Reducing the Fed’s balance sheet at this point in time seems like a needless loss for the U.S. taxpayer. Given that the Treasury is marketing a bond, who do you want to hold it? If the debt isheld outside the Fed, the government needs some way to pay the 2% carry cost of the debt. The government will in this case have to reduce program spending, increase taxes, or increase the rate of growth of debt-issuance. Alternatively, if the Fed holds the debt, the carry cost is generally much lower. This cost-saving constitutes a net gain for the government. So why not take advantage of it?
Apparently, Andolfatto forgot that the Fed needs to be independent of the government so it can conduct monetary policy in the public’s interest. The 1953 “Accord” between the Federal Reserve and the Treasury came about out of concern that the Fed was “monetizing the debt.” Indeed, central bank independence has been a concern of central bankers and monetary economists for a long time.
Elsewhere (Thornton, 1984, 2010), I pointed out the Fed is monetizing the debt if the Fed is purchasing securities for the purpose of helping theTreasury finance the debt. This is what Andolfatto is suggesting because the large balance sheet is financing a massive increase in the money supply. Of course, he spins it as a “needless loss for the U.S. taxpayer.” He ignores completely the loss in social welfare if the Fed is unable to pursue an independent monetary policy, as well as the possible adverse consequences of a massive increase in the money supply.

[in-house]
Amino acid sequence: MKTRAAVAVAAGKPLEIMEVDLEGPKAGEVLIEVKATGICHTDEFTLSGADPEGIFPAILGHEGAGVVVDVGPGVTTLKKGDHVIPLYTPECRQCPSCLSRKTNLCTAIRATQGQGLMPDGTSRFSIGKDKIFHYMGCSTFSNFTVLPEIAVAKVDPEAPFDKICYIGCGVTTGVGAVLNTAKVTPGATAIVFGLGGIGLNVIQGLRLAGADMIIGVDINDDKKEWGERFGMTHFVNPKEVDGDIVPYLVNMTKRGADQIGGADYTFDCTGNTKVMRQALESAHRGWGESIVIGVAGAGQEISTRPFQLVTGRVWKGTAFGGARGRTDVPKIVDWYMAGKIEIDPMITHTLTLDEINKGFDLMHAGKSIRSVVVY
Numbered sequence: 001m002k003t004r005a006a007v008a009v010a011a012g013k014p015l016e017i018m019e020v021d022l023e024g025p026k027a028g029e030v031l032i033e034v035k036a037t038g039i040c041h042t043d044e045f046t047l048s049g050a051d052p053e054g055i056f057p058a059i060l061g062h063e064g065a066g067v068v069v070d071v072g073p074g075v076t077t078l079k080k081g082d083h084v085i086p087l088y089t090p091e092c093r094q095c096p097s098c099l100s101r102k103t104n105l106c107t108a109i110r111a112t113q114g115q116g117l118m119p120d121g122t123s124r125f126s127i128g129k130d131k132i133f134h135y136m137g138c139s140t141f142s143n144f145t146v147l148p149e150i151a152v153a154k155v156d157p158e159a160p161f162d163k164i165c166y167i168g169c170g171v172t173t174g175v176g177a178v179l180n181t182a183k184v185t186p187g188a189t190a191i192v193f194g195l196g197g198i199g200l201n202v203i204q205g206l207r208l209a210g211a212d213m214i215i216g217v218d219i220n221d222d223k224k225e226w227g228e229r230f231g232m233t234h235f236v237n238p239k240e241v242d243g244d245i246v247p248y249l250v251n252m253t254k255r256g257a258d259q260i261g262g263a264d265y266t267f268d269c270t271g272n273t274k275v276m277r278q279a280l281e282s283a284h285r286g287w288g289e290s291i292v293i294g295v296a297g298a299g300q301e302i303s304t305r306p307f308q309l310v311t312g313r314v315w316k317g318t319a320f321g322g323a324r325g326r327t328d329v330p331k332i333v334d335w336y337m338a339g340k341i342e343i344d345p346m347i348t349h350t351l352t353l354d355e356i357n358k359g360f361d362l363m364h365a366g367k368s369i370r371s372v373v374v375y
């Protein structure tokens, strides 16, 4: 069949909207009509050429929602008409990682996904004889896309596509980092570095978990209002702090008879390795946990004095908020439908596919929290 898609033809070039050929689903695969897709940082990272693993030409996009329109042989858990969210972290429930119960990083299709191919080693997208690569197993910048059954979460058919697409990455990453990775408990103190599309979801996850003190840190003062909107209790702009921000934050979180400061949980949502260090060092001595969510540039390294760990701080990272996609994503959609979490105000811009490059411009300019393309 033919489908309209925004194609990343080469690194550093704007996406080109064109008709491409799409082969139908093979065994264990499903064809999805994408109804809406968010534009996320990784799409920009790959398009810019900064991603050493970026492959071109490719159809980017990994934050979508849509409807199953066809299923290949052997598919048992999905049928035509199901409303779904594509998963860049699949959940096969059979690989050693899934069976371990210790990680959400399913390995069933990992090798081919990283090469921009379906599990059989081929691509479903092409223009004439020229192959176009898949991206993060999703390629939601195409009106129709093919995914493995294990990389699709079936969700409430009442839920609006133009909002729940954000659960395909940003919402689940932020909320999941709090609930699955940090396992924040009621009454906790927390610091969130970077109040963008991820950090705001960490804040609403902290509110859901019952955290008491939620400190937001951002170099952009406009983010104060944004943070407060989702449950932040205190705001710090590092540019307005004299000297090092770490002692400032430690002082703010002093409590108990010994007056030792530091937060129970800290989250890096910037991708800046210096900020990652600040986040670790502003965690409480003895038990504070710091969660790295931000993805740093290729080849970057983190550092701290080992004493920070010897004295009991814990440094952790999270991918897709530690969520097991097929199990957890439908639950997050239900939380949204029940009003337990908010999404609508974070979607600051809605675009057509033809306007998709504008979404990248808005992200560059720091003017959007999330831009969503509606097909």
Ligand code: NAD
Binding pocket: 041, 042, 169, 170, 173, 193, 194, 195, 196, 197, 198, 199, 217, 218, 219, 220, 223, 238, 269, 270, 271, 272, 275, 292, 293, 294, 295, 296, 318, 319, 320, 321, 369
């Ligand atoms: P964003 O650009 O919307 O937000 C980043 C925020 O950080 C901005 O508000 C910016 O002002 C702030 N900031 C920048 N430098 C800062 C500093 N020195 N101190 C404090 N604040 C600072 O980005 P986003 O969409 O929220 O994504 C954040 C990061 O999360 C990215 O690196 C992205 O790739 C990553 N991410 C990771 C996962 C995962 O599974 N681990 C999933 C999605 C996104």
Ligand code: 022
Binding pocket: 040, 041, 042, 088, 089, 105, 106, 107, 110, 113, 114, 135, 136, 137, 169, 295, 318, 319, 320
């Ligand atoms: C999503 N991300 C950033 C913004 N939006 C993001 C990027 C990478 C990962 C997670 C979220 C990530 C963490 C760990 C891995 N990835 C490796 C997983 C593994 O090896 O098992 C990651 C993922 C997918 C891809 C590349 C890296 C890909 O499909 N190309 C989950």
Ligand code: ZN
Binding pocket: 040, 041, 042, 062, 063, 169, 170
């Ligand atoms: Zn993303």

So why does the FOMC say it’s maintaining a large balance sheet? Well, not much beyond the statement that a large balance sheet helps “maintain accommodative financial conditions.” But what exactly does this mean? The FOMC has never said what financial conditions means or how it measures it. This is no doubt due to the fact that financial conditions is a vague concept. Consequently, it is hardly surprising to find that it has been measured in a variety of ways.
All are essentially statistical measures with vague theoretical foundations. For example, the Federal Reserve Bank of Chicago’s National Financial Conditions Index, here, is a weighted average of a 105 financial variables, each expressed relative to its sample average and scaled by its sample standard deviation.
Why relative to their means? Answer: so the index will have a mean of zero. Why relative to each variable’s standard deviation? Answer: so the index won’t give more weight to a measure simply because it is more variable. These are good statistical reasons. However, they do nothing to alter the fact that the index is nothing more than a weighted average of a bunch of financial variables that may or may not provide useful information about the condition of financial markets or the economy.
Indeed, there is no evidence that such indices are useful. Yellen simply asserted this. I don’t believe the FOMC has any evidence to support this assertion. Indeed, a 2013 Federal Reserve staff study, here, evaluated 12 financial conditions indices. The study found that their predictive power for macroeconomic variables for horizons one to three month is weak unless the financial crisis is included in the sample period. The study’s authors suggest this fact could be indicative of data mining, i.e., constructing the index so that it works well during the financial crisis. This is hardly compelling evidence for maintaining a large balance sheet.
So why is the Yellen Fed so reluctant to shrink the balance sheet? In her March 15, 2017, press conference, here, she said this in response to a question about the balance sheet,